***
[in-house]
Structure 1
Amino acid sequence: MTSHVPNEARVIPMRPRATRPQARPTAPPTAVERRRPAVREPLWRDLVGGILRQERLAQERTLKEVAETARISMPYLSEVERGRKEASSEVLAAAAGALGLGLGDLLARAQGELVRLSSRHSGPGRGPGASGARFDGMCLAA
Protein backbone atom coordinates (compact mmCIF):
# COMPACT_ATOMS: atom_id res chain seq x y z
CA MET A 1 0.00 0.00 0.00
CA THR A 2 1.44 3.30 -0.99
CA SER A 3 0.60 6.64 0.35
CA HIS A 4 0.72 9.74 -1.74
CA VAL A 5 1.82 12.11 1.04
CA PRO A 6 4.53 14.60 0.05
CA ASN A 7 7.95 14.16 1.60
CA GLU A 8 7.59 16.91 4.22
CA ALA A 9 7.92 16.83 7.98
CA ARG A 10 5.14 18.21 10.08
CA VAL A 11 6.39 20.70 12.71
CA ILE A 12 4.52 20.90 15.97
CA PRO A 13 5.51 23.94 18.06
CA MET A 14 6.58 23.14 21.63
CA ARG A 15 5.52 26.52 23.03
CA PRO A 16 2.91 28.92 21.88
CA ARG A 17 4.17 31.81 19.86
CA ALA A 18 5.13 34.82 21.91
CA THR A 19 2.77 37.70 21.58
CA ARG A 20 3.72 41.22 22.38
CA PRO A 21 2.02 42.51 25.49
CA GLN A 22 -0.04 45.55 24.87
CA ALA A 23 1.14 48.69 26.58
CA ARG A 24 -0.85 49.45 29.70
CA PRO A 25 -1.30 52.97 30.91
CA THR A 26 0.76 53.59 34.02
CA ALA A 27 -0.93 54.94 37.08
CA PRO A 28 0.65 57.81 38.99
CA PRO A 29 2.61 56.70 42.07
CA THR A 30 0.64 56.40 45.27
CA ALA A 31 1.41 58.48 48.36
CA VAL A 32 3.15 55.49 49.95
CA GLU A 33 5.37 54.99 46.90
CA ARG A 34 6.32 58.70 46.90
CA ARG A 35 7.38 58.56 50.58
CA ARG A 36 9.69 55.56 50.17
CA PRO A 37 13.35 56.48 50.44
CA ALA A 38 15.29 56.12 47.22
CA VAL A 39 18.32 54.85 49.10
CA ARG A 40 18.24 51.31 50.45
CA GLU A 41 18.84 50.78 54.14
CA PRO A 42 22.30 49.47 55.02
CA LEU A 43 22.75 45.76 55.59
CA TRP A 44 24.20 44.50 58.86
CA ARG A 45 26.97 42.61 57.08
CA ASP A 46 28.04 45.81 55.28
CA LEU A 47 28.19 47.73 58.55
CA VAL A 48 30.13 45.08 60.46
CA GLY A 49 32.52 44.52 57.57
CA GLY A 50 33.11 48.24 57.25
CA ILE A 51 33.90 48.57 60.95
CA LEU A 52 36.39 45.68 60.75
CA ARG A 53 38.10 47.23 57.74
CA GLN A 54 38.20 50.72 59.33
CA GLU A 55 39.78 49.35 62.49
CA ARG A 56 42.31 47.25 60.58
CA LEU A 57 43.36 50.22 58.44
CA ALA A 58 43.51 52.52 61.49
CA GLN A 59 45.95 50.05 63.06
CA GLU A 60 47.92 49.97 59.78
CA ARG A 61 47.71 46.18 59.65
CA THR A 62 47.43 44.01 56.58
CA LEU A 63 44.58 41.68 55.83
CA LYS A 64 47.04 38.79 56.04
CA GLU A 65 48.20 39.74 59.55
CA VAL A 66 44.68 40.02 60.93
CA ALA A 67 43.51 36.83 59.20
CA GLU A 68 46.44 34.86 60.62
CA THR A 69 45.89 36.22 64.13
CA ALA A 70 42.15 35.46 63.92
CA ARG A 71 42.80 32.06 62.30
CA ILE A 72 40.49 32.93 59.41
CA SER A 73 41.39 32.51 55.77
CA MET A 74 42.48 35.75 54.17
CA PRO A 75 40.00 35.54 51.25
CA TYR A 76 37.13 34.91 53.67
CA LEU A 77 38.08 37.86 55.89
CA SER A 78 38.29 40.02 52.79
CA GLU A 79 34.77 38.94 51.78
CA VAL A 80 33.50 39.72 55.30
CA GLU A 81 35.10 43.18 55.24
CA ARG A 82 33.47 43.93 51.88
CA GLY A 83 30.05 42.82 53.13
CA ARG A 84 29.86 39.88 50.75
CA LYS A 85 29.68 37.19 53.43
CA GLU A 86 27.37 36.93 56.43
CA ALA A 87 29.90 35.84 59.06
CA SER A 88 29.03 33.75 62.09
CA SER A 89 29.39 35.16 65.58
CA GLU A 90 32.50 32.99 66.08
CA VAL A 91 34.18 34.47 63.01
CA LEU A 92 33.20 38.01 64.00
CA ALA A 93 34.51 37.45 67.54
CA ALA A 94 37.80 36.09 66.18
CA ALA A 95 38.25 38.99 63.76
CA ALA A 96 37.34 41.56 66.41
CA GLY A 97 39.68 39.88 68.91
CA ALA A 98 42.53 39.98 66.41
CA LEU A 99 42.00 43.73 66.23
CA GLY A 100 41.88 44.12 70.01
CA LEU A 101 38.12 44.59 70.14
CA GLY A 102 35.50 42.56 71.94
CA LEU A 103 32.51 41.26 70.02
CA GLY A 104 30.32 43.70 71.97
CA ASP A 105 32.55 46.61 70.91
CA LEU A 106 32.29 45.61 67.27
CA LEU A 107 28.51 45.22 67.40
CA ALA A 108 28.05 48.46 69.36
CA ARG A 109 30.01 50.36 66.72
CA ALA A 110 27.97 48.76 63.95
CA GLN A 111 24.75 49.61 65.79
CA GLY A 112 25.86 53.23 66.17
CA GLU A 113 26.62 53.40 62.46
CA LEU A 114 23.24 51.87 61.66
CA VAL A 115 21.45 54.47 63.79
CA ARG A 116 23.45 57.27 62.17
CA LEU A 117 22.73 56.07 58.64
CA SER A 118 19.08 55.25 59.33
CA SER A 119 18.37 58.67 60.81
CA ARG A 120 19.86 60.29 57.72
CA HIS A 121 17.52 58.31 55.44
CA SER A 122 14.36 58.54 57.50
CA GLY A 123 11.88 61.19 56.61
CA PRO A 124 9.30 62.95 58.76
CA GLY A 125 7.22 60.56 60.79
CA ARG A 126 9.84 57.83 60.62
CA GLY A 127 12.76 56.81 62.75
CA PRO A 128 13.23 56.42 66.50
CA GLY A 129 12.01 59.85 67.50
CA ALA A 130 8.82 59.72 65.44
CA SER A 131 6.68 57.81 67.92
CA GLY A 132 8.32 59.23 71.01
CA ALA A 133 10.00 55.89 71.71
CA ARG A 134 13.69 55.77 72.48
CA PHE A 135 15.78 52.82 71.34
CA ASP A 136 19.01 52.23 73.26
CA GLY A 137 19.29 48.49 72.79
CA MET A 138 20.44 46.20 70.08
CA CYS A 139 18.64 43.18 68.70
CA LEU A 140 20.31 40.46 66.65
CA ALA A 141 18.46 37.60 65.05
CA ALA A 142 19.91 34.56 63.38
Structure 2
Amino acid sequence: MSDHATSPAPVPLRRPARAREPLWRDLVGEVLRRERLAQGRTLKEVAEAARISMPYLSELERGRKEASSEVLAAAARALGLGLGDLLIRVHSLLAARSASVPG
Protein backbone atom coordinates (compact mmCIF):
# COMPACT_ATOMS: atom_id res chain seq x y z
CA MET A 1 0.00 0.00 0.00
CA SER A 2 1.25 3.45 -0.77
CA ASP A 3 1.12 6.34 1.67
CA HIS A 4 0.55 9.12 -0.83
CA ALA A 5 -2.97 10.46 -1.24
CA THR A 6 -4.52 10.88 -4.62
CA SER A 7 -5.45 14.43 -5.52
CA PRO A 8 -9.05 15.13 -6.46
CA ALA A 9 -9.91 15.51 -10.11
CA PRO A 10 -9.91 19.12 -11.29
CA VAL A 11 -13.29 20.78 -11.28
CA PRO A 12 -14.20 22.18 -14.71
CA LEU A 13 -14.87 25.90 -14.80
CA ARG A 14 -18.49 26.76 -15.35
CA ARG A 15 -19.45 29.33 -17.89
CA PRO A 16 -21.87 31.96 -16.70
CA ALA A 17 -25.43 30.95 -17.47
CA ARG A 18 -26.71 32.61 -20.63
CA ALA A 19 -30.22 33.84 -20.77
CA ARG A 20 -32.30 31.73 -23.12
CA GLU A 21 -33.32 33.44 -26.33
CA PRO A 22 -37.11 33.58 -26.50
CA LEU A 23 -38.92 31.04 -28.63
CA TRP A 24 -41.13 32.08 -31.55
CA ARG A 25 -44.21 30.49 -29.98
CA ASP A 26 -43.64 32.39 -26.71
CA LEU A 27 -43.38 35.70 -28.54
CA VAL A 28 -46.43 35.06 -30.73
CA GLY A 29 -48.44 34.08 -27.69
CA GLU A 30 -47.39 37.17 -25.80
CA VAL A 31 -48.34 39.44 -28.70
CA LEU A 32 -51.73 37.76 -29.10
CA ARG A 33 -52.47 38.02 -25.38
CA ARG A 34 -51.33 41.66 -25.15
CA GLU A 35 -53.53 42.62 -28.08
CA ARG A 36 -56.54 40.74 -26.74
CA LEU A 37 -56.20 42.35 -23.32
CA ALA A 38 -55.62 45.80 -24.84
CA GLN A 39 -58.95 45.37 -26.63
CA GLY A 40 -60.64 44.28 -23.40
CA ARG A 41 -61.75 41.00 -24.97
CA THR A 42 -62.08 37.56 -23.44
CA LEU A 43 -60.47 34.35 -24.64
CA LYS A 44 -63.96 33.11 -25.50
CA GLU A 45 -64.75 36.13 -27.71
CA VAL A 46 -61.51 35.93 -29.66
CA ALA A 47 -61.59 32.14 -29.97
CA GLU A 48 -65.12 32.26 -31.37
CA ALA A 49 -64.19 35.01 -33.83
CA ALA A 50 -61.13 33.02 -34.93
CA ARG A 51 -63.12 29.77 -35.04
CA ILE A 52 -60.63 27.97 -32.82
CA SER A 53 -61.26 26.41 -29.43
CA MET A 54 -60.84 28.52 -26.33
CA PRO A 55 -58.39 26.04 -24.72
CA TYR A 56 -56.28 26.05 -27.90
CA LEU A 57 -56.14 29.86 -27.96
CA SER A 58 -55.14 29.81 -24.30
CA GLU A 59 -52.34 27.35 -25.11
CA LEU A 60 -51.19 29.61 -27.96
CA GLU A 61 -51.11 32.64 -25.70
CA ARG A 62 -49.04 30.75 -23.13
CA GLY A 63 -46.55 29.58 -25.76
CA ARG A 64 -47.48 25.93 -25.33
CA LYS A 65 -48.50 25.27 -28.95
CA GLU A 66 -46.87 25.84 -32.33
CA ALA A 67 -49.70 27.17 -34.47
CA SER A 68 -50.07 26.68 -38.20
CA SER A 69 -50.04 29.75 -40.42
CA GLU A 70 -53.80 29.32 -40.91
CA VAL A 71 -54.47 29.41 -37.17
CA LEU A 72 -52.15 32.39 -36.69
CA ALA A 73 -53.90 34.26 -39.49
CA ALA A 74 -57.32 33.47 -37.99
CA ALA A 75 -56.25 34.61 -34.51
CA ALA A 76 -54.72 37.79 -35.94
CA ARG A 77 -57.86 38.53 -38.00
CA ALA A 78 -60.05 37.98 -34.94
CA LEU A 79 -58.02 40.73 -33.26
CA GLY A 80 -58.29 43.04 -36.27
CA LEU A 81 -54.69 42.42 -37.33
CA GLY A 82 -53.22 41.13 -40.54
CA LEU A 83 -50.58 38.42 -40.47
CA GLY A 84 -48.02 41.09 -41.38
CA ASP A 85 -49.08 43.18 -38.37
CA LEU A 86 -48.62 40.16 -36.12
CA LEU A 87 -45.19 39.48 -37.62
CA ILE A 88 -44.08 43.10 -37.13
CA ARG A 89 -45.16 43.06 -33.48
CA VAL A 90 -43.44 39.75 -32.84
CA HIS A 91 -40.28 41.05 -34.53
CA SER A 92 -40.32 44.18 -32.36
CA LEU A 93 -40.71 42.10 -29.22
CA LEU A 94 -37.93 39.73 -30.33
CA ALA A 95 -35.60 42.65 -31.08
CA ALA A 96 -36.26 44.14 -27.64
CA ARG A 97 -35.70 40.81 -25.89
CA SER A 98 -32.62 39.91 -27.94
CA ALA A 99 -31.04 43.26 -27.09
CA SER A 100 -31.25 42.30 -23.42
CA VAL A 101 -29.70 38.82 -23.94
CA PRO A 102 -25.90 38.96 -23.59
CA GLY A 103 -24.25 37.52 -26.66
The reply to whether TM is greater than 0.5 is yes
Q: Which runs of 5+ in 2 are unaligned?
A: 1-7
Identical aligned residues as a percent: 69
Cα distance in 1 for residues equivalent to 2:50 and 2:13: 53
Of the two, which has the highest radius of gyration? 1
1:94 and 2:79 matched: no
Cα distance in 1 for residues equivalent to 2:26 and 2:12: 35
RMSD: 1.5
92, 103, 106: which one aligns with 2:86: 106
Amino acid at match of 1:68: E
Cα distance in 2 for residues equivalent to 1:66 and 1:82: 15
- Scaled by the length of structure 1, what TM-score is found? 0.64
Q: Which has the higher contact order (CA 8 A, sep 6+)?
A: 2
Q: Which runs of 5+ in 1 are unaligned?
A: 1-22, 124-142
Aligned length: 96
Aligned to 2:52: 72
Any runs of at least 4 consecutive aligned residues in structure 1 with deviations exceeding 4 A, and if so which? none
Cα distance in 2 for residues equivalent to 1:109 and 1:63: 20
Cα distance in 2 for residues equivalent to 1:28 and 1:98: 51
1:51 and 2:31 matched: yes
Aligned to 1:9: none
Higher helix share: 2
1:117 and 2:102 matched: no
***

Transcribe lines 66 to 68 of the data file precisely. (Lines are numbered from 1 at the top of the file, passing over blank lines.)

CA ARG A 61 47.71 46.18 59.65
CA THR A 62 47.43 44.01 56.58
CA LEU A 63 44.58 41.68 55.83